All eyes turn to GDP report on Thursday as interest rates continue to rise

On July 27, the Federal Reserve once again took action to try and cool down the nation's inflation situation with an interest rate hike of 0.75 percentage points.

The Fed’s move will raise its key rate, which affects many consumer and business loans, to a range of 2.25% to 2.5%, its highest level since 2018. This marks the fourth time in a year that the interest rate increased.

Read More: Fed hikes interest rate by 0.75 percentage points in bid to curb inflation

The central bank’s decision follows a jump in inflation to 9.1%, the fastest annual rate in 41 years, and reflects its strenuous efforts to slow price gains across the economy. By raising borrowing rates, the Fed makes it costlier to take out a mortgage or an auto or business loan. Consumers and businesses then presumably borrow and spend less, cooling the economy and slowing inflation.

The Fed is tightening credit even while the economy has begun to slow, thereby heightening the risk that its rate hikes will cause a recession later this year or next. The surge in inflation and fear of a recession have eroded consumer confidence and stirred public anxiety about the economy, which is sending frustratingly mixed signals.

Now, all eyes are on the economy, with critical economic statistics being released on July 27. There is concern if the Gross Domestic Product report shows a second quarter of a slowing economy, it will, in many economists minds, mean a recession has begun.

However, the Biden administration is being more optimistic, citing the country's growth in job creation and the falling unemployment rate. The Federal Reserve chair, Jeroma Powell, also does not believe the country will head down the road of a recession.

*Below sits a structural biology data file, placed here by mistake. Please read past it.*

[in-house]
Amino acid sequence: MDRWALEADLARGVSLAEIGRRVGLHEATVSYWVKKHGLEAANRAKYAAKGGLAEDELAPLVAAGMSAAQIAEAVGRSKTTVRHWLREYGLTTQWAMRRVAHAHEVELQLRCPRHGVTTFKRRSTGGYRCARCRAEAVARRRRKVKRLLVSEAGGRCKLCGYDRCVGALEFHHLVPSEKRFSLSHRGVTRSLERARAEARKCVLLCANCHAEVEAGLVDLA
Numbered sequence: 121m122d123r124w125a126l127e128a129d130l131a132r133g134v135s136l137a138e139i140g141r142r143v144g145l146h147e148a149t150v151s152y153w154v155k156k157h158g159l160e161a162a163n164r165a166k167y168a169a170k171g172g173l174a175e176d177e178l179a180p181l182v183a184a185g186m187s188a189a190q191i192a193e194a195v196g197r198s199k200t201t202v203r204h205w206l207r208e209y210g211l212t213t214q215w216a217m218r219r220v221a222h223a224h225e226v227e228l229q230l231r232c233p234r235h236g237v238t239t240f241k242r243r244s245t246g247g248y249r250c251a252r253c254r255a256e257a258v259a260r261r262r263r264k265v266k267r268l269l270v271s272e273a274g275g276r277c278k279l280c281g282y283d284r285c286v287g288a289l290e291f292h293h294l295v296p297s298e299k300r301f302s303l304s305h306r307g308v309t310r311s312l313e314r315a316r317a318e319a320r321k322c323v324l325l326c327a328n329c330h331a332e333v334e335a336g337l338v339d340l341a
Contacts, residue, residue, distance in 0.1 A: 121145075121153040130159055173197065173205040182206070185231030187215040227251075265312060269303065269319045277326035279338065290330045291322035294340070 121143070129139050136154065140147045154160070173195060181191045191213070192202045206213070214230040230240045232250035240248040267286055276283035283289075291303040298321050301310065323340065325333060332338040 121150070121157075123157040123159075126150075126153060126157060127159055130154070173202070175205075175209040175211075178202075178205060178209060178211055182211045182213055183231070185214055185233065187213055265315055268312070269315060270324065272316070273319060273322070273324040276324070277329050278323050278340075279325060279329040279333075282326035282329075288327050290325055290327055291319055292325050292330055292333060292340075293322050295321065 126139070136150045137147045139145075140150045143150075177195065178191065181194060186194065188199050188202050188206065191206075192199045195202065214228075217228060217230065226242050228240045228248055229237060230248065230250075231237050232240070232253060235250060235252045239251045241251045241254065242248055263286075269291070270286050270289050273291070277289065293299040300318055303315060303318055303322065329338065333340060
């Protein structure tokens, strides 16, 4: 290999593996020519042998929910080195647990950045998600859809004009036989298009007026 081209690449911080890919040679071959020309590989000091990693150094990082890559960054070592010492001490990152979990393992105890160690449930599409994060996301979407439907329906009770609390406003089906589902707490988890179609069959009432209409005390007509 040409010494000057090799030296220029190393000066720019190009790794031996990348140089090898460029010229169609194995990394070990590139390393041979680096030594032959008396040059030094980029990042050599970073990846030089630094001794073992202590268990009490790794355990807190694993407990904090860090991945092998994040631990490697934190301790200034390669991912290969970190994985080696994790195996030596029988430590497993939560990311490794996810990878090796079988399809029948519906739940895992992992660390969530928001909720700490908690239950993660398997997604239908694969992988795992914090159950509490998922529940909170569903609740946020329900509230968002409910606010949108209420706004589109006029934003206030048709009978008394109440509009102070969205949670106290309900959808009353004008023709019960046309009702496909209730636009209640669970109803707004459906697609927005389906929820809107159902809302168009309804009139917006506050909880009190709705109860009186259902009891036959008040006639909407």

"I do not think the U.S. Is currently in a recession, and the reason is there are just too many areas of the economy that are performing too well," said Powell.

"We kind of just have to weather the storm," said Christopher Antwi, who lives in Phoenix. "There is nothing else that we can do about it. We are not going to get market adjustments in our jobs."

Inflation takes its toll on some people

For months now, the rising inflation rates are being felt by almost everyone, on almost everything, especially food and transportation.

"I cancelled a gym membership. I'm using my apartment's gym right now," said Nico Cbrerea. "I'm eating in. I'm packing lunches for work, but even eating in is getting expensive. I don’t know what is more expensive: eating out or eating in."

When it comes to Arizona’s growing housing market, experts say the current economic situation should not impact it.

"Interest rates for homes did not really go up. It was already baked into the market," said Robert Goffe with Launch Real Estate. "So, your interest rates today, even though the Feds raised their rates, interest rates for home buyers didn’t go up today."

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